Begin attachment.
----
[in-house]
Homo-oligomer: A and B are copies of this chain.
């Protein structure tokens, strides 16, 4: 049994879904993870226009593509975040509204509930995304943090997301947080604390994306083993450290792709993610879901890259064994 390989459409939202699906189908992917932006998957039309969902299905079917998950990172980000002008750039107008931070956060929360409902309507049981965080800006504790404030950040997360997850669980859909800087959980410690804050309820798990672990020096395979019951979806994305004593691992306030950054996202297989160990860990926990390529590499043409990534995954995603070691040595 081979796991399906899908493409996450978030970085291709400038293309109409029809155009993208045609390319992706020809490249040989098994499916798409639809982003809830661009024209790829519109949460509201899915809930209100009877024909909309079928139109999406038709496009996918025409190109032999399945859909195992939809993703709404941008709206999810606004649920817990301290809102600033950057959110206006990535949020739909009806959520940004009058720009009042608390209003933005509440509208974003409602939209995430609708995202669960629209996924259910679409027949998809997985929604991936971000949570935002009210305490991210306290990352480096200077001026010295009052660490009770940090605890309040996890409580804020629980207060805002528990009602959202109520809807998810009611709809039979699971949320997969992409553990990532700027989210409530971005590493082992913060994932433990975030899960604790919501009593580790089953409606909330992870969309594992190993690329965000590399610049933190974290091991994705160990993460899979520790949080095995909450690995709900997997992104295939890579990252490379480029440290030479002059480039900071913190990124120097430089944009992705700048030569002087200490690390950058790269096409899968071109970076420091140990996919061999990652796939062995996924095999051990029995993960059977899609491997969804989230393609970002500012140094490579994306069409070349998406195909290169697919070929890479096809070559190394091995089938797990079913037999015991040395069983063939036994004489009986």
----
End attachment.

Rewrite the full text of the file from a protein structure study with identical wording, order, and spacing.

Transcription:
[in-house]
Homo-oligomer: A and B are copies of this chain.
């Protein structure tokens, strides 16, 4: 049994879904993870226009593509975040509204509930995304943090997301947080604390994306083993450290792709993610879901890259064994 390989459409939202699906189908992917932006998957039309969902299905079917998950990172980000002008750039107008931070956060929360409902309507049981965080800006504790404030950040997360997850669980859909800087959980410690804050309820798990672990020096395979019951979806994305004593691992306030950054996202297989160990860990926990390529590499043409990534995954995603070691040595 081979796991399906899908493409996450978030970085291709400038293309109409029809155009993208045609390319992706020809490249040989098994499916798409639809982003809830661009024209790829519109949460509201899915809930209100009877024909909309079928139109999406038709496009996918025409190109032999399945859909195992939809993703709404941008709206999810606004649920817990301290809102600033950057959110206006990535949020739909009806959520940004009058720009009042608390209003933005509440509208974003409602939209995430609708995202669960629209996924259910679409027949998809997985929604991936971000949570935002009210305490991210306290990352480096200077001026010295009052660490009770940090605890309040996890409580804020629980207060805002528990009602959202109520809807998810009611709809039979699971949320997969992409553990990532700027989210409530971005590493082992913060994932433990975030899960604790919501009593580790089953409606909330992870969309594992190993690329965000590399610049933190974290091991994705160990993460899979520790949080095995909450690995709900997997992104295939890579990252490379480029440290030479002059480039900071913190990124120097430089944009992705700048030569002087200490690390950058790269096409899968071109970076420091140990996919061999990652796939062995996924095999051990029995993960059977899609491997969804989230393609970002500012140094490579994306069409070349998406195909290169697919070929890479096809070559190394091995089938797990079913037999015991040395069983063939036994004489009986």